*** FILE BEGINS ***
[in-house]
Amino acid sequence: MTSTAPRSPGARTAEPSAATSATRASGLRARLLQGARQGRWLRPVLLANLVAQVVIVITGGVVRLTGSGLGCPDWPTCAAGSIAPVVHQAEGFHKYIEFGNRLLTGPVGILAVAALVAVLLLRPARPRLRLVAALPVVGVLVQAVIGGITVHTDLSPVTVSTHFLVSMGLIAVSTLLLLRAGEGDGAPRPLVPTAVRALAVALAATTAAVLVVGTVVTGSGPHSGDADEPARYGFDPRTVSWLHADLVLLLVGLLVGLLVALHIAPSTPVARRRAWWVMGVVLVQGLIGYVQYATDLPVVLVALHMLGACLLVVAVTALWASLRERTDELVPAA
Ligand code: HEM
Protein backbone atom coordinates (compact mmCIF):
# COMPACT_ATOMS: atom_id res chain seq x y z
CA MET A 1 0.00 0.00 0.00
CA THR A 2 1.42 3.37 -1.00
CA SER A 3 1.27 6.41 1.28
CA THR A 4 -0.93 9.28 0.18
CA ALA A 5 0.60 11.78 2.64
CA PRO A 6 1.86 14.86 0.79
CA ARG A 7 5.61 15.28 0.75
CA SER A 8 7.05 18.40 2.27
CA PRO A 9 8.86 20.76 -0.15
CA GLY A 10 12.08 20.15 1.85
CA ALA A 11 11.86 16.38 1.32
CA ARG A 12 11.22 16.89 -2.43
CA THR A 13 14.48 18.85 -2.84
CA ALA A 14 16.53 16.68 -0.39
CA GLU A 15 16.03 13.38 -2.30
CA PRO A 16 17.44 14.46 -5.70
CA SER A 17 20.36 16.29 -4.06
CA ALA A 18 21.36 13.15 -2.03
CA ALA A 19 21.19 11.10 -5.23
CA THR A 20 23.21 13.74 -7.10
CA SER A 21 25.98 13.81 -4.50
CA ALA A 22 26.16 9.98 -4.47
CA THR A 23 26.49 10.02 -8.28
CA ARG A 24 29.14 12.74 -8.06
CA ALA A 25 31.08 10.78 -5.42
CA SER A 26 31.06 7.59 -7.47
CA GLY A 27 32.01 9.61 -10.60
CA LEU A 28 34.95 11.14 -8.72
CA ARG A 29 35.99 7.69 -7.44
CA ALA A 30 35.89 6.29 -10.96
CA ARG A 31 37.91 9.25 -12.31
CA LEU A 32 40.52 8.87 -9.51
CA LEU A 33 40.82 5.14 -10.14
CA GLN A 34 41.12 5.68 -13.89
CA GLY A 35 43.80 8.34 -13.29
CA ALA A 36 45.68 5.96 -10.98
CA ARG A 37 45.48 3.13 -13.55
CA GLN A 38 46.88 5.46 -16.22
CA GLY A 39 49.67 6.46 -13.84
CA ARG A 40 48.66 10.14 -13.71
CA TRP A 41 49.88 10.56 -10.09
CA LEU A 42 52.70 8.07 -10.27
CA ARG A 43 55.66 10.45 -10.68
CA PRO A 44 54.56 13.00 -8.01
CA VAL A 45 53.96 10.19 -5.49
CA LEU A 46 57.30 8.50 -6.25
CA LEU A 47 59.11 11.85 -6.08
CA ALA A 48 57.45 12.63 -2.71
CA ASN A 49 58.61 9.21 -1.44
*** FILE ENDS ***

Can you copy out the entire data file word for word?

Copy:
[in-house]
Amino acid sequence: MTSTAPRSPGARTAEPSAATSATRASGLRARLLQGARQGRWLRPVLLANLVAQVVIVITGGVVRLTGSGLGCPDWPTCAAGSIAPVVHQAEGFHKYIEFGNRLLTGPVGILAVAALVAVLLLRPARPRLRLVAALPVVGVLVQAVIGGITVHTDLSPVTVSTHFLVSMGLIAVSTLLLLRAGEGDGAPRPLVPTAVRALAVALAATTAAVLVVGTVVTGSGPHSGDADEPARYGFDPRTVSWLHADLVLLLVGLLVGLLVALHIAPSTPVARRRAWWVMGVVLVQGLIGYVQYATDLPVVLVALHMLGACLLVVAVTALWASLRERTDELVPAA
Ligand code: HEM
Protein backbone atom coordinates (compact mmCIF):
# COMPACT_ATOMS: atom_id res chain seq x y z
CA MET A 1 0.00 0.00 0.00
CA THR A 2 1.42 3.37 -1.00
CA SER A 3 1.27 6.41 1.28
CA THR A 4 -0.93 9.28 0.18
CA ALA A 5 0.60 11.78 2.64
CA PRO A 6 1.86 14.86 0.79
CA ARG A 7 5.61 15.28 0.75
CA SER A 8 7.05 18.40 2.27
CA PRO A 9 8.86 20.76 -0.15
CA GLY A 10 12.08 20.15 1.85
CA ALA A 11 11.86 16.38 1.32
CA ARG A 12 11.22 16.89 -2.43
CA THR A 13 14.48 18.85 -2.84
CA ALA A 14 16.53 16.68 -0.39
CA GLU A 15 16.03 13.38 -2.30
CA PRO A 16 17.44 14.46 -5.70
CA SER A 17 20.36 16.29 -4.06
CA ALA A 18 21.36 13.15 -2.03
CA ALA A 19 21.19 11.10 -5.23
CA THR A 20 23.21 13.74 -7.10
CA SER A 21 25.98 13.81 -4.50
CA ALA A 22 26.16 9.98 -4.47
CA THR A 23 26.49 10.02 -8.28
CA ARG A 24 29.14 12.74 -8.06
CA ALA A 25 31.08 10.78 -5.42
CA SER A 26 31.06 7.59 -7.47
CA GLY A 27 32.01 9.61 -10.60
CA LEU A 28 34.95 11.14 -8.72
CA ARG A 29 35.99 7.69 -7.44
CA ALA A 30 35.89 6.29 -10.96
CA ARG A 31 37.91 9.25 -12.31
CA LEU A 32 40.52 8.87 -9.51
CA LEU A 33 40.82 5.14 -10.14
CA GLN A 34 41.12 5.68 -13.89
CA GLY A 35 43.80 8.34 -13.29
CA ALA A 36 45.68 5.96 -10.98
CA ARG A 37 45.48 3.13 -13.55
CA GLN A 38 46.88 5.46 -16.22
CA GLY A 39 49.67 6.46 -13.84
CA ARG A 40 48.66 10.14 -13.71
CA TRP A 41 49.88 10.56 -10.09
CA LEU A 42 52.70 8.07 -10.27
CA ARG A 43 55.66 10.45 -10.68
CA PRO A 44 54.56 13.00 -8.01
CA VAL A 45 53.96 10.19 -5.49
CA LEU A 46 57.30 8.50 -6.25
CA LEU A 47 59.11 11.85 -6.08
CA ALA A 48 57.45 12.63 -2.71
CA ASN A 49 58.61 9.21 -1.44